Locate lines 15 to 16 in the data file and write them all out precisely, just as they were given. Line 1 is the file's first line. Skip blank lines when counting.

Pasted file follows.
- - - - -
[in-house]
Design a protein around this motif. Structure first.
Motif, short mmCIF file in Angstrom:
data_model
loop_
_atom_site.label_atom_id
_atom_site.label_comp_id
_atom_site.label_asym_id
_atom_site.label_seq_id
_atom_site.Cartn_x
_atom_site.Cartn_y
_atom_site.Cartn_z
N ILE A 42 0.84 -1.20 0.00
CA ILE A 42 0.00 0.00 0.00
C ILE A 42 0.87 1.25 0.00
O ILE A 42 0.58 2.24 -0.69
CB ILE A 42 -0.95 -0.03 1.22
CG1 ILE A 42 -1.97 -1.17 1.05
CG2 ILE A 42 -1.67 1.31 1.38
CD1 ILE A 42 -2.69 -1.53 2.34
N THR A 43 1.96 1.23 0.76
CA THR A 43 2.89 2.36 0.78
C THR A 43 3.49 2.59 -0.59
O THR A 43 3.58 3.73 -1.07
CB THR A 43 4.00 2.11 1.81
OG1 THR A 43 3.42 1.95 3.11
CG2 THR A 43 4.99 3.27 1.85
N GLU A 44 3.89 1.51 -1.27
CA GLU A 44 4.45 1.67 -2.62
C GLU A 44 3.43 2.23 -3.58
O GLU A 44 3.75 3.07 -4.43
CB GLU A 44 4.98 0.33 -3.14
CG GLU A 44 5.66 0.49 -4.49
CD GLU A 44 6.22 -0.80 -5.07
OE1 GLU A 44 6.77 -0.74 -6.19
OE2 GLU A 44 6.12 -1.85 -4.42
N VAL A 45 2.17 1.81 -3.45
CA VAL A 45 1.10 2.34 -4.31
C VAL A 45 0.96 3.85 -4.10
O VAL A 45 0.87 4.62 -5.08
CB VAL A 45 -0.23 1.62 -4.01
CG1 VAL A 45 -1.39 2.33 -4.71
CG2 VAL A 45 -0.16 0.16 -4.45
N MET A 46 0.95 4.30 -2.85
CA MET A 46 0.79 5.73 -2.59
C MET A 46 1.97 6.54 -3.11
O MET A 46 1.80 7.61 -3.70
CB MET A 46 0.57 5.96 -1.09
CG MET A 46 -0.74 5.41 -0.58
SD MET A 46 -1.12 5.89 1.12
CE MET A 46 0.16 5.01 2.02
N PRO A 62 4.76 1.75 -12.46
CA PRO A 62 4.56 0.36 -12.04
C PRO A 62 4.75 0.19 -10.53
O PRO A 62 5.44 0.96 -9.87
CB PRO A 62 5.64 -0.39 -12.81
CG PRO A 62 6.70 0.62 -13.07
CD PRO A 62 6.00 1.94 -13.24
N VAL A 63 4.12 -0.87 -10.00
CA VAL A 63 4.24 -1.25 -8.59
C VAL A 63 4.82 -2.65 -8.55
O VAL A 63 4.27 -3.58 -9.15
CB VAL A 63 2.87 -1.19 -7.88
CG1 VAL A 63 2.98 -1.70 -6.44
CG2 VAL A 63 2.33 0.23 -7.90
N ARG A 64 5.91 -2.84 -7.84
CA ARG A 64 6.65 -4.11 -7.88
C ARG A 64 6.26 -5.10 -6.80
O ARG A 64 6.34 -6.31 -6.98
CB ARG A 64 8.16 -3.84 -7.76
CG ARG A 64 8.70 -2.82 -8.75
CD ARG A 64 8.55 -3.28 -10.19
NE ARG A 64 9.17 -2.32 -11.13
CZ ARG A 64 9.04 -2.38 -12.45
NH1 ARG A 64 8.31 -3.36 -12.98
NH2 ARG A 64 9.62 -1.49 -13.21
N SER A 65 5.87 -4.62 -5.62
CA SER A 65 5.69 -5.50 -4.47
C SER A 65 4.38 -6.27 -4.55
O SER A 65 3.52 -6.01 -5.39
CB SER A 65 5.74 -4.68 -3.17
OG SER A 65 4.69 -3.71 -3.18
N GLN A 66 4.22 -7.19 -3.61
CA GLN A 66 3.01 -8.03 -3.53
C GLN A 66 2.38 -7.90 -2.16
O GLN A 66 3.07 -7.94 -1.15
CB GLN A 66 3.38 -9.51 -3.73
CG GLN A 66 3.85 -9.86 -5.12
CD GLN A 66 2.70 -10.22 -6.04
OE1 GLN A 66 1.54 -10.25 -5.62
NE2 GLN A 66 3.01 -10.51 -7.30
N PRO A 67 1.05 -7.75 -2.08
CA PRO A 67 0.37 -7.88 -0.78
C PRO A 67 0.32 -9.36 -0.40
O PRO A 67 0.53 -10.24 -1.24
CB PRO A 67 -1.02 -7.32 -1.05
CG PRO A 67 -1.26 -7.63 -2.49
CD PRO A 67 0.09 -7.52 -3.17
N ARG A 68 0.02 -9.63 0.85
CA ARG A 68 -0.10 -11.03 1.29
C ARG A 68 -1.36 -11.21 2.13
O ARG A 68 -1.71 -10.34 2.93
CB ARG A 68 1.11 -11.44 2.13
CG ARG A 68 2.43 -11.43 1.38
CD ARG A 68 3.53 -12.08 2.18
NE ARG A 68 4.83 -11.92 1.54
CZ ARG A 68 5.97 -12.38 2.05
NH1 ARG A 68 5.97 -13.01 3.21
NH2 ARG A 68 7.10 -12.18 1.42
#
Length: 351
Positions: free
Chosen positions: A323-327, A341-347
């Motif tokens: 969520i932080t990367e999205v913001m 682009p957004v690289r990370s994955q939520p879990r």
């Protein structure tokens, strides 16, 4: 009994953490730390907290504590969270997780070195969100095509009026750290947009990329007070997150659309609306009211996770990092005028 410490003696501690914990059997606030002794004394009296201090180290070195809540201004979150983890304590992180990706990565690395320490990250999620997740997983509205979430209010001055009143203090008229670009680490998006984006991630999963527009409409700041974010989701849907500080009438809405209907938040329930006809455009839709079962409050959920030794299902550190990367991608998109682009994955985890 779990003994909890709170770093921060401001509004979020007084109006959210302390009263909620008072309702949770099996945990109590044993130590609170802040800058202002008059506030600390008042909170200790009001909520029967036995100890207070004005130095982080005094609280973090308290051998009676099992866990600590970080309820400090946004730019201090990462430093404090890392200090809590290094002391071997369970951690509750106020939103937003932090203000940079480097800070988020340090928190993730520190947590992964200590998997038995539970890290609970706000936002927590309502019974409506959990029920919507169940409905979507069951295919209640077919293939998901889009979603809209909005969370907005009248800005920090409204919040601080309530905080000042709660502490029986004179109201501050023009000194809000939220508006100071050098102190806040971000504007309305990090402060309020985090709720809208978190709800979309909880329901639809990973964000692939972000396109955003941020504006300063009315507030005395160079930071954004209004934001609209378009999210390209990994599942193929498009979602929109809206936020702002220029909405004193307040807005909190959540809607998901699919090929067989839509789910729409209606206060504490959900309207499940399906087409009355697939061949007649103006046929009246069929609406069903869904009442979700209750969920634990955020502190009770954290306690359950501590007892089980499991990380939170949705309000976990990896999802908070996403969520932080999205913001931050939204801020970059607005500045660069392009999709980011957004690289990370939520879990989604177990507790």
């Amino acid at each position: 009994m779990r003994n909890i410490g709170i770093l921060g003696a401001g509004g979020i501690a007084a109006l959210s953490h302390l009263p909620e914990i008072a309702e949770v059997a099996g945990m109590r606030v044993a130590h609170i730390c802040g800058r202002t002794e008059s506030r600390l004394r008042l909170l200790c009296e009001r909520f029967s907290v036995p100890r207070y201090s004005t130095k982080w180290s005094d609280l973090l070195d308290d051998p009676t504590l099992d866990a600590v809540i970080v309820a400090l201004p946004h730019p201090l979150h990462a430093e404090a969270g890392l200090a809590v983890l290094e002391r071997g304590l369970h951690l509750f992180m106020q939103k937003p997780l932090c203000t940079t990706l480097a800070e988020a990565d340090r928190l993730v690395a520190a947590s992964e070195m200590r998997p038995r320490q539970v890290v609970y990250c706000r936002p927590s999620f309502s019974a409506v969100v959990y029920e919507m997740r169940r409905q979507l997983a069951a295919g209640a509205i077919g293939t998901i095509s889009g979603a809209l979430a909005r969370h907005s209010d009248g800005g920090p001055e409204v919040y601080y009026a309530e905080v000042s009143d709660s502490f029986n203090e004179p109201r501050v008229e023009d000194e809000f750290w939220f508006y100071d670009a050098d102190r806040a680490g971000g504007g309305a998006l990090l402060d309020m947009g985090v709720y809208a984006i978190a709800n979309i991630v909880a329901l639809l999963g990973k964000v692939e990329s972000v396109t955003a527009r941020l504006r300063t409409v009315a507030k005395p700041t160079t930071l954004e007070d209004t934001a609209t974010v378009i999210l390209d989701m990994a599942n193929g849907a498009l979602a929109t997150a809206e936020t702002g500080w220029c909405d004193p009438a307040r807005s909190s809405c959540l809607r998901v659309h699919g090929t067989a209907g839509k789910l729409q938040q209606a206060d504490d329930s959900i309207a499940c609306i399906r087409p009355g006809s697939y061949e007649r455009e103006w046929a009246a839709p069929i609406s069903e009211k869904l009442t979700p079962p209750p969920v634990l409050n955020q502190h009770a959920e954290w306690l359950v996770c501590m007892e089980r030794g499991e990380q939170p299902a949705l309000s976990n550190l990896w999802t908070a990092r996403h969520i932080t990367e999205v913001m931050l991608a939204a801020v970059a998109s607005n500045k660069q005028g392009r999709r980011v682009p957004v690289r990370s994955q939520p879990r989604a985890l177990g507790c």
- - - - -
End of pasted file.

C ILE A 42 0.87 1.25 0.00
O ILE A 42 0.58 2.24 -0.69